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It would come into play a little bit, because we do not have DUI with an injury or DUI with a death in Arizona. We simply have aggravated assaults, manslaughter, murder charges, or homicide charges, and because of this and because it would fall under general criminal principals, the issue for the jury would not necessarily be whether the person had a blood alcohol level above 0.08 or had certain drugs or medications in their system; the question would become whether the person had been reckless or negligent or whether they had caused the injury intentionally.
Alcohol impairment would involve seeing whether someone was reckless in causing the injury to another person. The level of alcohol, if it was high, could actually indicate recklessness, although if it was a low level of alcohol, the prosecutor may be able to use that low level in addition to other things such as the person saying they were sleepy and claiming they had been up for fifteen hours and had not gotten much sleep the night before, because that would go into the totality of circumstances for the jury to consider whether the person was being reckless when they injured someone else.
What other states call aggravated DUI does not correlate to what we call aggravated DUI in Arizona. In Arizona, aggravated DUI would mean a felony DUI for any of the reasons that would qualify it as an aggravated DUI. In Arizona, we have extreme DUI and what attorneys refer to as super-extreme DUI, which would mean having a blood alcohol level tested at or above a 0.15 which was tested within two hours of driving.
It could also qualify if the person had a blood alcohol level above a 0.20, which was tested within two hours of driving. What we call extreme DUI in Arizona would be referred to as aggravated DUIs in some other jurisdictions, which is why there is sometimes some confusion. People from other states who come to Arizona do not exactly understand this, because an aggravated DUI in Arizona would be considered a felony, whereas an extreme DUI out in Arizona would be a misdemeanor, and no matter how high the person’s blood alcohol content was, it would not change a misdemeanor DUI into a felony DUI.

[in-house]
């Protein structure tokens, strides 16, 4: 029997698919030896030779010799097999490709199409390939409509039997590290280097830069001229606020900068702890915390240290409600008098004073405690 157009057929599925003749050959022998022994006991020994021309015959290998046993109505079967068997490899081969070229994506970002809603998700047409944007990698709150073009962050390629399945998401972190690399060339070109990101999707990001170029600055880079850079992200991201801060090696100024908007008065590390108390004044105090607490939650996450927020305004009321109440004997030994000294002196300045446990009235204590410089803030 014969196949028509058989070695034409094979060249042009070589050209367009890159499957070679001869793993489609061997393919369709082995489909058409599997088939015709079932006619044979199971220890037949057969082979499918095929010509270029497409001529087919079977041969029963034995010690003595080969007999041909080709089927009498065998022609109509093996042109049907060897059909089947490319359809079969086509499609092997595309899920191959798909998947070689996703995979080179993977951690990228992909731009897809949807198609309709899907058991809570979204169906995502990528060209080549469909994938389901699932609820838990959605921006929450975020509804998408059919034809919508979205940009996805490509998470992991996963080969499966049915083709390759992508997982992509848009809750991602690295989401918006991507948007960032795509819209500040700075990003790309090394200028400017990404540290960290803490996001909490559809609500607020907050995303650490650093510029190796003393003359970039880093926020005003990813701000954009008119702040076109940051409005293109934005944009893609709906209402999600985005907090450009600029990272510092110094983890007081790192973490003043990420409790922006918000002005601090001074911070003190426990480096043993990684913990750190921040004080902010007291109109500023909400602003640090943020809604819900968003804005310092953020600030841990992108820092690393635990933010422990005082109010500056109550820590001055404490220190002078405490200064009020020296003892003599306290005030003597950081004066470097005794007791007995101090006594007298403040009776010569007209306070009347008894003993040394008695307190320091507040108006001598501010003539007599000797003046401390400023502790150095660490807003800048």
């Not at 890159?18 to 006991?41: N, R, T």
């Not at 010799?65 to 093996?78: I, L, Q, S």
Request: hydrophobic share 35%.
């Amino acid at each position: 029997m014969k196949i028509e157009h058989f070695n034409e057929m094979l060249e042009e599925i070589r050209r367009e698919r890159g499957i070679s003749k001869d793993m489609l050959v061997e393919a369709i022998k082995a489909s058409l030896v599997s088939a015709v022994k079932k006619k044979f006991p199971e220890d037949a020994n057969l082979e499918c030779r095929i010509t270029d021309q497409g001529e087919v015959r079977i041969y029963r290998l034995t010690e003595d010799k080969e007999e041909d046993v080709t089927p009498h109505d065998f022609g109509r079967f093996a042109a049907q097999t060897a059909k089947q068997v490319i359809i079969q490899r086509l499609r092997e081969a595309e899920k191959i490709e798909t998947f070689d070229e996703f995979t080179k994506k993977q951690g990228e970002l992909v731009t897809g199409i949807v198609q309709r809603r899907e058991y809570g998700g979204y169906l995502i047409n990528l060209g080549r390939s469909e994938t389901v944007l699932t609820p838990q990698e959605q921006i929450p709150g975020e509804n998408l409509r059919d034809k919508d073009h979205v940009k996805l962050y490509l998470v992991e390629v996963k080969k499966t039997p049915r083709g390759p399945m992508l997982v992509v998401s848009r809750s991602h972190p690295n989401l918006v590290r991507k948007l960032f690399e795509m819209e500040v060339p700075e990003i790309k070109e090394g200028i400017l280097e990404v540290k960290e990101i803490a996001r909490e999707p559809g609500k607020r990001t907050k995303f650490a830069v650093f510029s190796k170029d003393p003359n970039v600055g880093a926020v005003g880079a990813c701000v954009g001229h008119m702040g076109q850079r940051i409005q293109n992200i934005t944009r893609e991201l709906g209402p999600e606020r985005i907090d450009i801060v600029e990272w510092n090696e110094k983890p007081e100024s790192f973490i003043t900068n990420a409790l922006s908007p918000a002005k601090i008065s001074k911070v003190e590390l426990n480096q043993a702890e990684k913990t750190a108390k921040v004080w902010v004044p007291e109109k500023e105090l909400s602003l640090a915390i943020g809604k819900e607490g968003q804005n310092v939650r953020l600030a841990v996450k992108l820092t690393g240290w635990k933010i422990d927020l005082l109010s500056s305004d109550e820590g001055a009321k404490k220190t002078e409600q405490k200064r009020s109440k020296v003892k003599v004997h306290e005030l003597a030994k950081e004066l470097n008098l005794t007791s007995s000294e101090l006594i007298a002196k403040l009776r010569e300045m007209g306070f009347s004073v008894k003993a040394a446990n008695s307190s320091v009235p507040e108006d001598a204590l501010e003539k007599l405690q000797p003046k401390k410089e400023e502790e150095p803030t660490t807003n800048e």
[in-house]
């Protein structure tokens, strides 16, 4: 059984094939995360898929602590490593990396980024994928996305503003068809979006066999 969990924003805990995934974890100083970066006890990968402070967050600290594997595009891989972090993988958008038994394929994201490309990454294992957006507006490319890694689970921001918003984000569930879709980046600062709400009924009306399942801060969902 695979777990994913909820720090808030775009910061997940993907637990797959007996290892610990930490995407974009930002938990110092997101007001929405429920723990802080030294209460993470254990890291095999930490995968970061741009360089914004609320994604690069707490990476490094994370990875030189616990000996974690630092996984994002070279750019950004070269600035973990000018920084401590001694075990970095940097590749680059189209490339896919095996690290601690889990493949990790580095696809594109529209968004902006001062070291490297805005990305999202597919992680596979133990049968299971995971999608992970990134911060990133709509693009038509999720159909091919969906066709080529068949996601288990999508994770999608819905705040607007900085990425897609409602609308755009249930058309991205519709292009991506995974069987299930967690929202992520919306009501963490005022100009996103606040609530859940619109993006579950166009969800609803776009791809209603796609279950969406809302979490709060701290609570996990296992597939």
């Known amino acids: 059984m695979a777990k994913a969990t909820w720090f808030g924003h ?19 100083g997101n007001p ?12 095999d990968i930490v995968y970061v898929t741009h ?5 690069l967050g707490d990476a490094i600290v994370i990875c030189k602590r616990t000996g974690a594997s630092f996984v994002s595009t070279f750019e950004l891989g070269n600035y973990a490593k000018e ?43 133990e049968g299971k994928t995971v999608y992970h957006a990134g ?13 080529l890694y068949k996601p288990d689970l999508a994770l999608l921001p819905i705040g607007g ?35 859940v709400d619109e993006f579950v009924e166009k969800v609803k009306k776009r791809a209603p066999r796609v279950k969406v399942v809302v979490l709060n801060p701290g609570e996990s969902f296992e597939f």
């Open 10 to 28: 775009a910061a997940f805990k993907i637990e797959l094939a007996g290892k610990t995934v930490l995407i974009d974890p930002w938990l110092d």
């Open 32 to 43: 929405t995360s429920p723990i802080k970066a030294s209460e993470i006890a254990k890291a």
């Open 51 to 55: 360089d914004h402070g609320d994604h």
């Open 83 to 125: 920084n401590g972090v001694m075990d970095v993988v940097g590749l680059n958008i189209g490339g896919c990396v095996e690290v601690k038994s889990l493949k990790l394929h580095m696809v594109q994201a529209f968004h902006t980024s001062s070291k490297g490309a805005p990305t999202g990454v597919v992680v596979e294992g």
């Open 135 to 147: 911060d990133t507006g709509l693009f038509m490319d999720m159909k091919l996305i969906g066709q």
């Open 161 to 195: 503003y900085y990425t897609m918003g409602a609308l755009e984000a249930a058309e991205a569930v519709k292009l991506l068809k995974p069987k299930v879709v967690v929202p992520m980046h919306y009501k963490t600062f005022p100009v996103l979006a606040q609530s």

Yes, the charges would be enhanced. In Arizona, even if it was the person’s first time ever getting pulled over under suspicion of driving under the influence of alcohol, drugs, or medications, and if there was a child under the age of 15 in the vehicle, the driver would end up being charged with aggravated DUI as a class 6 felony.
If that person were to go to trial and got convicted, then they could technically be convicted of a class 6 felony that would stay a class 6 felony, or a class 6 felony that could be reduced down to a misdemeanor on successful completion of probation, or the person might be found guilty of a misdemeanor DUI or that person could simply be found not guilty.
I believe these would be the only ways someone could currently get an aggravated DUI.
The way Arizona law works, if it was the person’s third DUI within seven years regardless of anything else, then that third one could be charged as an aggravated DUI which would be a class 4 felony. The law would not necessarily care about what the prior DUIs were for, and it would not care if there was a regular alcohol DUI, a super-extreme DUI or if there was a medication DUI or even if the prior DUI conviction was an aggravated felony DUI conviction. All they would care about would be whether it was the person’s third DUI within seven years.
Arizona does not really distinguish between an alcohol DUI, a drug DUI and a medication DUI with one exception, which would be that the person was convicted of being impaired to the slightest degree by drugs or medications or if they were convicted of driving with any drug or medication in their system that was not prescribed and/or not being taken as prescribed. In this case, the person’s license would be revoked for one year with no ability to get any sort of restricted license.
If that same person on their first DUI was convicted solely of having alcohol in their system, then their license would be suspended for 90 days and of the 90 days, there would generally be no driving during the first 30 days although the person would be eligible to get a restricted license during the next 60 days so they would be able to drive to and from work, home and school. This means that anyone who was determined to be impaired by their prescription medication would be treated more harshly than someone who was impaired to the slightest degree by alcohol.
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